City launch­ing photo radar pro­gram

Toronto Sun - - NEWS - ANTONELLA ARTUSO aar­[email protected]­

Smile speed­ers: It won’t be long be­fore you’ll be cap­tured on cam­era.

The City of Toronto is poised to launch photo radar later this year, and has des­ig­nated more than 700 lo­ca­tions that would be el­i­gi­ble for Au­to­mated Speed En­force­ment (ASE).

Be­cause photo radar will be lo­cated in des­ig­nated Com­mu­nity Safety Zones around schools, nor­mal speed­ing fines will be dou­bled.

The tick­ets will be mailed to the owner of the ve­hi­cle, who may or may not be the driver.

De­merit points and the im­me­di­ate li­cence sus­pen­sions and im­pound­ments man­dated by the High­way Traf­fic Act for driv­ers caught trav­el­ling at high rates of speed would not ap­ply with photo radar, the On­tario Min­istry of Trans­porta­tion (MTO) con­firmed.

Fines could range from $21 for go­ing one km/h over the posted speed limit to $1,105plus for 50 km/h or more.

City spokesman Eric Holmes said coun­cil au­tho­rized the cre­ation of 754 new Com­mu­nity Safety Zones last year around el­e­men­tary schools.

A pi­lot pro­gram cur­rently in place — no fines are is­sued — wraps up later this month.

“At the time of the pi­lot launch in Septem­ber, staff an­tic­i­pated that full pro­gram im­ple­men­ta­tion would be late-2019,” Holmes said in an e-mail.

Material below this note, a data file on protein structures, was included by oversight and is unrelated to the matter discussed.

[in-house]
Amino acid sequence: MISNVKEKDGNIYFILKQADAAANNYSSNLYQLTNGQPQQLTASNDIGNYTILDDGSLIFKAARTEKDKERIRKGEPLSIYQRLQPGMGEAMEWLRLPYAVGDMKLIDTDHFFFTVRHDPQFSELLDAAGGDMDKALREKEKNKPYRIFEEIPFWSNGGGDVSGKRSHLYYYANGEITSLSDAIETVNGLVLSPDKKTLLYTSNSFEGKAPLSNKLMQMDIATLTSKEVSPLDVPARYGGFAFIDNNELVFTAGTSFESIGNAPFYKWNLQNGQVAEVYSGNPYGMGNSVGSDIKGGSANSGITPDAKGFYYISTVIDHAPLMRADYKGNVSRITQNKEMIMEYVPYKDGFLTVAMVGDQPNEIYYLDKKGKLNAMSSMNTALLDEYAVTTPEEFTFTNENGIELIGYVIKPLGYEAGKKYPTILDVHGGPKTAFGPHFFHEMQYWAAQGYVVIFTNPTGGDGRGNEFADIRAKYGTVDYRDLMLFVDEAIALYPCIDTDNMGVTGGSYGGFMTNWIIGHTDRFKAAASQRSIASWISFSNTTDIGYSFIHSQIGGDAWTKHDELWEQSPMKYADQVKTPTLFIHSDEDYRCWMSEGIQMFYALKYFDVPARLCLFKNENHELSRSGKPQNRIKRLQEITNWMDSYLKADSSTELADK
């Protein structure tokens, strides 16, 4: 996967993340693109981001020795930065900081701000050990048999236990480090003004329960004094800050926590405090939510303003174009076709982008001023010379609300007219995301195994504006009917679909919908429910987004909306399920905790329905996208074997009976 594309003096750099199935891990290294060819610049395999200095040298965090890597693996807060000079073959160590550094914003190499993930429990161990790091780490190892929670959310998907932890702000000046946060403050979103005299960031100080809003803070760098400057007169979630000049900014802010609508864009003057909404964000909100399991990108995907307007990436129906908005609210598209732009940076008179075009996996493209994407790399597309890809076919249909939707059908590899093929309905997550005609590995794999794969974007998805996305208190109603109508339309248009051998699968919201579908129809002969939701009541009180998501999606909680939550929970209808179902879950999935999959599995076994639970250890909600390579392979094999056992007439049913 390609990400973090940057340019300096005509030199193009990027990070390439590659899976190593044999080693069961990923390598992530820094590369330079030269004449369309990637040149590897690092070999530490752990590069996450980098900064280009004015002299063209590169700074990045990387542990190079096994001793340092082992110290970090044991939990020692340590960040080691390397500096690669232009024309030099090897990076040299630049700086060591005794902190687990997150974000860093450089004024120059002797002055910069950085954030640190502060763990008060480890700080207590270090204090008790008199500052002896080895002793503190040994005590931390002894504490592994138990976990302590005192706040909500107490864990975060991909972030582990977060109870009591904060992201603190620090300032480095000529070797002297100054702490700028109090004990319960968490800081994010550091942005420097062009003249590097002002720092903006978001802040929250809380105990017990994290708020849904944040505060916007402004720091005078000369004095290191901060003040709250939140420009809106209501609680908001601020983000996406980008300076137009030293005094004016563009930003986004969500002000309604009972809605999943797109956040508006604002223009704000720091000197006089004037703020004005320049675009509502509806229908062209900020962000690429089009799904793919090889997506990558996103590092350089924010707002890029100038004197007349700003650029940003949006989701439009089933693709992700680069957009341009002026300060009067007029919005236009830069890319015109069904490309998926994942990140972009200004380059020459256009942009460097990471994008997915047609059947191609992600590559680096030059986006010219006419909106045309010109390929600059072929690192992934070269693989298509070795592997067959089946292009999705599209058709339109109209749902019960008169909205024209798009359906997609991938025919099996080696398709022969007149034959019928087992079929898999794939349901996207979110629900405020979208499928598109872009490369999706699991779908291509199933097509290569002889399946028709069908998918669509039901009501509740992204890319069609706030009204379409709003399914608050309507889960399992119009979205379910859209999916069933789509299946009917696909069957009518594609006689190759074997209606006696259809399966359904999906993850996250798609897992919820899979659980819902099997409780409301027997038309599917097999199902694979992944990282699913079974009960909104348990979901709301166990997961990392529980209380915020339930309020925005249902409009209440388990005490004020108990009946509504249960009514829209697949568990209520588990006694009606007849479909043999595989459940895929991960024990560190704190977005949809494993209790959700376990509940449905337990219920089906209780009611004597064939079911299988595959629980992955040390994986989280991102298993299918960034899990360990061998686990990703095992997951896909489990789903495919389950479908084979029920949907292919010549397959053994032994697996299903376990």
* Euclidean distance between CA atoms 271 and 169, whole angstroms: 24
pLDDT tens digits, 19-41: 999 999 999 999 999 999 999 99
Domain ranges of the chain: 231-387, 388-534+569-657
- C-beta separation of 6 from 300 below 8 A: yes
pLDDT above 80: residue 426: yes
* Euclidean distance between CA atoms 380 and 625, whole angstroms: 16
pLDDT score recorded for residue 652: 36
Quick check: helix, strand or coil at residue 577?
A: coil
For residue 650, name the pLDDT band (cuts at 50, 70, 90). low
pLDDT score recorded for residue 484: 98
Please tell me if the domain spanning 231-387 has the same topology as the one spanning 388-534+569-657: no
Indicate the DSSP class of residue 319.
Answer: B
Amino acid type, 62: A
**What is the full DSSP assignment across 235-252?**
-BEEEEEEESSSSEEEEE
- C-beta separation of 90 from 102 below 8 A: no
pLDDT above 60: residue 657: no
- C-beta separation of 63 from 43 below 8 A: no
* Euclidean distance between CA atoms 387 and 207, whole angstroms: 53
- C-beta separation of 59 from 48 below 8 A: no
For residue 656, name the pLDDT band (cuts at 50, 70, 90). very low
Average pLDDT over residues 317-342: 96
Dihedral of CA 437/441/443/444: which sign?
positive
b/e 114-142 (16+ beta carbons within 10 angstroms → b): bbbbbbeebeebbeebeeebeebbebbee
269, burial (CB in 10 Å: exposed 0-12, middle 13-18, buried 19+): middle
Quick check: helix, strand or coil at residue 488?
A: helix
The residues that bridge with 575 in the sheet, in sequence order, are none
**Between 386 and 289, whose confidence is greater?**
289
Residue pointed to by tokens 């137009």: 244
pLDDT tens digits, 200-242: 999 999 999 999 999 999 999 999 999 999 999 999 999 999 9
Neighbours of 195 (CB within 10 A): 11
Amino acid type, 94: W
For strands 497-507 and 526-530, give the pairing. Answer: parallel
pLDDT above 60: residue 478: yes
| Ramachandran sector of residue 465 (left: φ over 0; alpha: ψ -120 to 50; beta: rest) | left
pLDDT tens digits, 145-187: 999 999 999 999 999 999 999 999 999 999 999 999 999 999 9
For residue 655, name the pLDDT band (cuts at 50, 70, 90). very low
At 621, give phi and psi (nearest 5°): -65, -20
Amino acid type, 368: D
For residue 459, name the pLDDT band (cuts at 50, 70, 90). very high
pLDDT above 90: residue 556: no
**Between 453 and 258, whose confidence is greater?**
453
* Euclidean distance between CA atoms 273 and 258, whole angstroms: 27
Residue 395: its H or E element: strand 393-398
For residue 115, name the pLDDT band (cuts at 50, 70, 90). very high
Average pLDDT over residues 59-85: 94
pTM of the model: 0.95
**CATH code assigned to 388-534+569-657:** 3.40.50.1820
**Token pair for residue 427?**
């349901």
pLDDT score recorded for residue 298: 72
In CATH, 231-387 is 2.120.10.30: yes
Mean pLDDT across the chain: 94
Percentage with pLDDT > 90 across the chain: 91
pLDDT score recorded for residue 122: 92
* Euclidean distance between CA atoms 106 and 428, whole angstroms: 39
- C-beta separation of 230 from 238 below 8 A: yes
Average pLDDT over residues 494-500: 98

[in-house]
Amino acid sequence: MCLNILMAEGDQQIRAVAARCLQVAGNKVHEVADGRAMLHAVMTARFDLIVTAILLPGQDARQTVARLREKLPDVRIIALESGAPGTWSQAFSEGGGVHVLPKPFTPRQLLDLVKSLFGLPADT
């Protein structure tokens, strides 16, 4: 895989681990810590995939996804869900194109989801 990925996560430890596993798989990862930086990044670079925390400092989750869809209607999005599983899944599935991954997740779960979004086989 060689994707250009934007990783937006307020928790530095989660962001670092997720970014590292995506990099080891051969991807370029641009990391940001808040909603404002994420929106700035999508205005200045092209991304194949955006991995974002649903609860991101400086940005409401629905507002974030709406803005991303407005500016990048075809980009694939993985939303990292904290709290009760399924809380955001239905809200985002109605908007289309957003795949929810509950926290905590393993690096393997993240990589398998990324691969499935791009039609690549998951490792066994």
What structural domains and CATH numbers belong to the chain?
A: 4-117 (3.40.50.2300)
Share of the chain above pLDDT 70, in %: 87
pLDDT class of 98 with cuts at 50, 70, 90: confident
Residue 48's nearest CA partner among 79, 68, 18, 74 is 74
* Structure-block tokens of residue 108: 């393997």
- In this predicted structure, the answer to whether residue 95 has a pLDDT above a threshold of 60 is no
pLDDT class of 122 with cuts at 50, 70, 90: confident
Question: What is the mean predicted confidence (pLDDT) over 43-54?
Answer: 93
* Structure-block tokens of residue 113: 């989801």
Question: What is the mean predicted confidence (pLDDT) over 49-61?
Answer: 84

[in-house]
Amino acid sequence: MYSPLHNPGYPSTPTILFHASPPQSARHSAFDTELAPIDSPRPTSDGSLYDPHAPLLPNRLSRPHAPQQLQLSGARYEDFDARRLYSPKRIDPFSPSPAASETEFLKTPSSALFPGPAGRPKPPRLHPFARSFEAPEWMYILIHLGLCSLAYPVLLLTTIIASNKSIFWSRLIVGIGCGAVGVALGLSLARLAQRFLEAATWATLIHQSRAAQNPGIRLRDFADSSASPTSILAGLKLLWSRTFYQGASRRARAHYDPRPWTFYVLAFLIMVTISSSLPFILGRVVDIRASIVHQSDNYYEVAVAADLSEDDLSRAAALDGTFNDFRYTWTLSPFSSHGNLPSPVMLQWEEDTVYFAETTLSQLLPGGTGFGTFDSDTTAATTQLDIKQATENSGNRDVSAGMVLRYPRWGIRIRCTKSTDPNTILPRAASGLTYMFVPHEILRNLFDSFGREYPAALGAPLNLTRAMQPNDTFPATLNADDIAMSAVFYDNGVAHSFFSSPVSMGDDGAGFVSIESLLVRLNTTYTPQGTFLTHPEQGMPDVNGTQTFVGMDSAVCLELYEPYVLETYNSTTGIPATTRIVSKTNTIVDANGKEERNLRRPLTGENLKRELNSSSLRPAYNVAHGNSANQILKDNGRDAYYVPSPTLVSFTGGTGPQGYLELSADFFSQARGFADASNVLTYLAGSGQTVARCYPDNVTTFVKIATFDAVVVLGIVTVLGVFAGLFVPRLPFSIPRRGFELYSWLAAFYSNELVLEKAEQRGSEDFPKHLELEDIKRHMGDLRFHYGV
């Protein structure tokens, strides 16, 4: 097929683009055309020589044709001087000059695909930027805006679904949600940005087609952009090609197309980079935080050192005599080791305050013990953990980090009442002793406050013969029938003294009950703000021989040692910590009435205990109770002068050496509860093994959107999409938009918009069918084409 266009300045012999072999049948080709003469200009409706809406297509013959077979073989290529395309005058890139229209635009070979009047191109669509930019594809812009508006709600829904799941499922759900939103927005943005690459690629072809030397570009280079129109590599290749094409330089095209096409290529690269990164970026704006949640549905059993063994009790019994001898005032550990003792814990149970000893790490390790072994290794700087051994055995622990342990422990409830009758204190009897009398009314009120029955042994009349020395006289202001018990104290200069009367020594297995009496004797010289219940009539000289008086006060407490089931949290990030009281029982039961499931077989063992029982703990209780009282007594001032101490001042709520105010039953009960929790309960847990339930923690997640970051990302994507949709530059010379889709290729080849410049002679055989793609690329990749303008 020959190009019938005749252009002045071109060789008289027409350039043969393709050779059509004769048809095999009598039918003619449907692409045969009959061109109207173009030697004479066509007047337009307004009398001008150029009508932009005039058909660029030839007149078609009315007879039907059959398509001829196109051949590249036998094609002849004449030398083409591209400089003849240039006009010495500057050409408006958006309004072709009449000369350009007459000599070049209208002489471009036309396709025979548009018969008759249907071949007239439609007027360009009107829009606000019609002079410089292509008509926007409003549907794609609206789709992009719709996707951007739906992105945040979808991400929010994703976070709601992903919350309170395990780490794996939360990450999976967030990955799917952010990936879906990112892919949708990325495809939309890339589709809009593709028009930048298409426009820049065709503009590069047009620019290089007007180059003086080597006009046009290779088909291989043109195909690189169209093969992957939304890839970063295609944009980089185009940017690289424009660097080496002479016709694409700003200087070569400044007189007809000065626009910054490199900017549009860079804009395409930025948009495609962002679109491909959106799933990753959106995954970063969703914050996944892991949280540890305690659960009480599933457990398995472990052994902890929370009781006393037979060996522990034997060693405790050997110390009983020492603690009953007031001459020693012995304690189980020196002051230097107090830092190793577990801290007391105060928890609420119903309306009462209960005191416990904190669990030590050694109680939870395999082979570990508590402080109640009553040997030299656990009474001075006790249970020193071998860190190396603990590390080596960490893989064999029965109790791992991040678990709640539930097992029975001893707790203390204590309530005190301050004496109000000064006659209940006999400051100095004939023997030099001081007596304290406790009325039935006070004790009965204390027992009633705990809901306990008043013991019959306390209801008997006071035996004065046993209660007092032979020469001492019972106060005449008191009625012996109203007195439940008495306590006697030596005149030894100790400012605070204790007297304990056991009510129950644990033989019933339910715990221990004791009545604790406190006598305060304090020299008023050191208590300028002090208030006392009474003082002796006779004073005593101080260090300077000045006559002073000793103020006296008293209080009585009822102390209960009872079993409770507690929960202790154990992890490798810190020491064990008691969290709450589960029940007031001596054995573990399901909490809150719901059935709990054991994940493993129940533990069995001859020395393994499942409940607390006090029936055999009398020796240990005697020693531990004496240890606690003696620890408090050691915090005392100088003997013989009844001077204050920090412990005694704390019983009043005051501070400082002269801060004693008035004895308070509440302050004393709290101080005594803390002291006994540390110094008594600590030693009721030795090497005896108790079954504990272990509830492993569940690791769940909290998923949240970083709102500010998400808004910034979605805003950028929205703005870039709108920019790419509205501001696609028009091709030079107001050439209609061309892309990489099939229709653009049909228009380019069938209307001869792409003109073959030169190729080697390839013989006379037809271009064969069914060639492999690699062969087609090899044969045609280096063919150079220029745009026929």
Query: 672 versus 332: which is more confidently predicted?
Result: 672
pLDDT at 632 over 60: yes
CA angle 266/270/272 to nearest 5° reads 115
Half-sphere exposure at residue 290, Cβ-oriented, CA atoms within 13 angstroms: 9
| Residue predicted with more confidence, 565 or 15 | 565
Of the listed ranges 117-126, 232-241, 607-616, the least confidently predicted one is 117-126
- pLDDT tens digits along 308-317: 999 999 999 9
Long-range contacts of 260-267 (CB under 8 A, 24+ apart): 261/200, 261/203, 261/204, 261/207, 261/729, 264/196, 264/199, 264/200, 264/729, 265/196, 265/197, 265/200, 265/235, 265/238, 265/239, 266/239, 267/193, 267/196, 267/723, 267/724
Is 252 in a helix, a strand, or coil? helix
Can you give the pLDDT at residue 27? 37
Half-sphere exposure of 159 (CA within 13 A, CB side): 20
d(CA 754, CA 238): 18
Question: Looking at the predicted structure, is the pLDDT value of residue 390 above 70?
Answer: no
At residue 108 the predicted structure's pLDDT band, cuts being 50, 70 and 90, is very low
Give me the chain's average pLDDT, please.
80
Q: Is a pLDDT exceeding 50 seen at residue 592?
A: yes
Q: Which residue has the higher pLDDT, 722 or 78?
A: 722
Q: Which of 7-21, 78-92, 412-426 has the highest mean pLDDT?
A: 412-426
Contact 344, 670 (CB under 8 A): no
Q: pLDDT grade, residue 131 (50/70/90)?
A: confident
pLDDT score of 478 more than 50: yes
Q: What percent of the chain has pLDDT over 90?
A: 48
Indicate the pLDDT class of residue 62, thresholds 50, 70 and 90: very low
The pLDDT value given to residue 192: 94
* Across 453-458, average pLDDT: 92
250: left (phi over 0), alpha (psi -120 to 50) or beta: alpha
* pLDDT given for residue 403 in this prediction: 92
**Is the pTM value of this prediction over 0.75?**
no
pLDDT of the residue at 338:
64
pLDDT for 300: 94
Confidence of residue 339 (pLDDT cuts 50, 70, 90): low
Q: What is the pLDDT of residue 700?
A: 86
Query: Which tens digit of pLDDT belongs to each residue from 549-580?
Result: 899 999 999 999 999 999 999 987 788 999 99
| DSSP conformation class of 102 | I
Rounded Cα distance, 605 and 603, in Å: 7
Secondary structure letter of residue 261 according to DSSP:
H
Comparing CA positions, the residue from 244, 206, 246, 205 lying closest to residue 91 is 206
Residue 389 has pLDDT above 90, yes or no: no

The city could not pro­vide any in­for­ma­tion yet on how many zones will re­ceive photo radar and whether it would op­er­ate around the clock.

Photo radar was in­tro­duced to the prov­ince’s ma­jor high­ways in the early 1990s by Bob Rae’s NDP gov­ern­ment, but the con­tro­ver­sial project was scrapped by Mike Har­ris’ Pro­gres­sive Con­ser­va­tives. One of the com­plaints at the time was — that un­like a po­lice — the pro­gram did not stop speed­ing driv­ers at the time of an of­fence but, in­stead, sent them a bill for it later.

ASE is be­ing im­ple­mented un­der Toronto’s Vi­sion Zero strat­egy to re­duce traf­fic fa­tal­i­ties.

The Doug Ford gov­ern­ment has agreed to al­low the city to bring in photo radar around schools.

MOT pokesman Bob Nichols said the prov­ince ad­dresses speed­ing with a com­bi­na­tion of strin­gent penal­ties, traf­fic en­gi­neer­ing, pub­lic ed­u­ca­tion and sup­port for law en­force­ment.

“Driv­ers re­ceive in­cre­men­tally more se­vere fines cor­re­spond­ing to how fast they are trav­el­ling above the speed limit,” Nichols said in an e-mail.

“In ad­di­tion to this, fines dou­ble in com­mu­nity safety zones, por­tions of the road­way where pub­lic safety is of spe­cial con­cern which may lie near schools, day­cares, parks, play­grounds, or hos­pi­tals. These fines like­wise dou­ble in des­ig­nated con­struc­tion zones while work­ers are present.”

Street rac­ing penal­ties — for those go­ing 50 km/h or more over the speed limit — in­clude im­me­di­ate seven-day sus­pen­sions and ve­hi­cle im­pound­ments, and if con­victed, fines and a min­i­mum two-year li­cence sus­pen­sions, Nichols said. On­tario has also boosted fines for dis­tracted driv­ing this year to a min­i­mum of $615 for a first of­fence that is not chal­lenged in court.



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